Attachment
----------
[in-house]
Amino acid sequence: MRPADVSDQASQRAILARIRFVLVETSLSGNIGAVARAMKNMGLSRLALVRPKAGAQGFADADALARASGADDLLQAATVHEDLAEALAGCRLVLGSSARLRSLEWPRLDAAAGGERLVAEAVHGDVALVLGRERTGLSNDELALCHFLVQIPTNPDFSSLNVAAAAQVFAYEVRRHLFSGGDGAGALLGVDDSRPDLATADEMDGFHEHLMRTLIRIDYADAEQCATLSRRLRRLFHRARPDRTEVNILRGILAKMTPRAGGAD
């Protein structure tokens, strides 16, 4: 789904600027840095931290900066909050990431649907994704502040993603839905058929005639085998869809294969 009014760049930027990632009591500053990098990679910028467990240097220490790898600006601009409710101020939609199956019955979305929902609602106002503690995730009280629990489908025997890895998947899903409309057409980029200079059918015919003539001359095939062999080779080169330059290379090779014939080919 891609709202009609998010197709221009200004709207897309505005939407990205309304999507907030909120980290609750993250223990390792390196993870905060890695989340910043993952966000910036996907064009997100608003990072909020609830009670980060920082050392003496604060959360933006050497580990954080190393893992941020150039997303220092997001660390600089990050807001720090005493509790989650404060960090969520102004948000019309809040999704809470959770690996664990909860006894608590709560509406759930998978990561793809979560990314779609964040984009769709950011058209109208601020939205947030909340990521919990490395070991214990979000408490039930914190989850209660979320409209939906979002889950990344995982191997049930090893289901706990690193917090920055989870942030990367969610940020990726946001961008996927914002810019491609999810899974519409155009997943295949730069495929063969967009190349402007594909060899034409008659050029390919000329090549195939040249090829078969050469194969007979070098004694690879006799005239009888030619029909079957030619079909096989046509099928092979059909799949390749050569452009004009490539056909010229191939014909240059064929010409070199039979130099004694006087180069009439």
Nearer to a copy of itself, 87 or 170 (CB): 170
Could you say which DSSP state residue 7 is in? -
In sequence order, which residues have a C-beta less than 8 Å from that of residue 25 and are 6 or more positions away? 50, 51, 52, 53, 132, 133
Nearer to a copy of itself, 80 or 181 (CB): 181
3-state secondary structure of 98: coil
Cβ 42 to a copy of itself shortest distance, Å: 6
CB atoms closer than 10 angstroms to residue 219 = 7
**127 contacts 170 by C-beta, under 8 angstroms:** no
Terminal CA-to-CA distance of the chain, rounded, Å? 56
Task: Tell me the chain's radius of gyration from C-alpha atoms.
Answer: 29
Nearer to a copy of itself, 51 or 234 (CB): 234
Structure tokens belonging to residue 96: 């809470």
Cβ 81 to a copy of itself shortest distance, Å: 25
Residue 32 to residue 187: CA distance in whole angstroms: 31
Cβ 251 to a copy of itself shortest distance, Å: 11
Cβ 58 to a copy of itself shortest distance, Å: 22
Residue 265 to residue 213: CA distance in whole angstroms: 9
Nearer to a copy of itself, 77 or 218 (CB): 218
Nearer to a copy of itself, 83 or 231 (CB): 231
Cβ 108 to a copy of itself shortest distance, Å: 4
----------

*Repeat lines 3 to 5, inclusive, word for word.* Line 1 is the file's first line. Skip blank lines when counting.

């Protein structure tokens, strides 16, 4: 789904600027840095931290900066909050990431649907994704502040993603839905058929005639085998869809294969 009014760049930027990632009591500053990098990679910028467990240097220490790898600006601009409710101020939609199956019955979305929902609602106002503690995730009280629990489908025997890895998947899903409309057409980029200079059918015919003539001359095939062999080779080169330059290379090779014939080919 891609709202009609998010197709221009200004709207897309505005939407990205309304999507907030909120980290609750993250223990390792390196993870905060890695989340910043993952966000910036996907064009997100608003990072909020609830009670980060920082050392003496604060959360933006050497580990954080190393893992941020150039997303220092997001660390600089990050807001720090005493509790989650404060960090969520102004948000019309809040999704809470959770690996664990909860006894608590709560509406759930998978990561793809979560990314779609964040984009769709950011058209109208601020939205947030909340990521919990490395070991214990979000408490039930914190989850209660979320409209939906979002889950990344995982191997049930090893289901706990690193917090920055989870942030990367969610940020990726946001961008996927914002810019491609999810899974519409155009997943295949730069495929063969967009190349402007594909060899034409008659050029390919000329090549195939040249090829078969050469194969007979070098004694690879006799005239009888030619029909079957030619079909096989046509099928092979059909799949390749050569452009004009490539056909010229191939014909240059064929010409070199039979130099004694006087180069009439």
Nearer to a copy of itself, 87 or 170 (CB): 170
Could you say which DSSP state residue 7 is in? -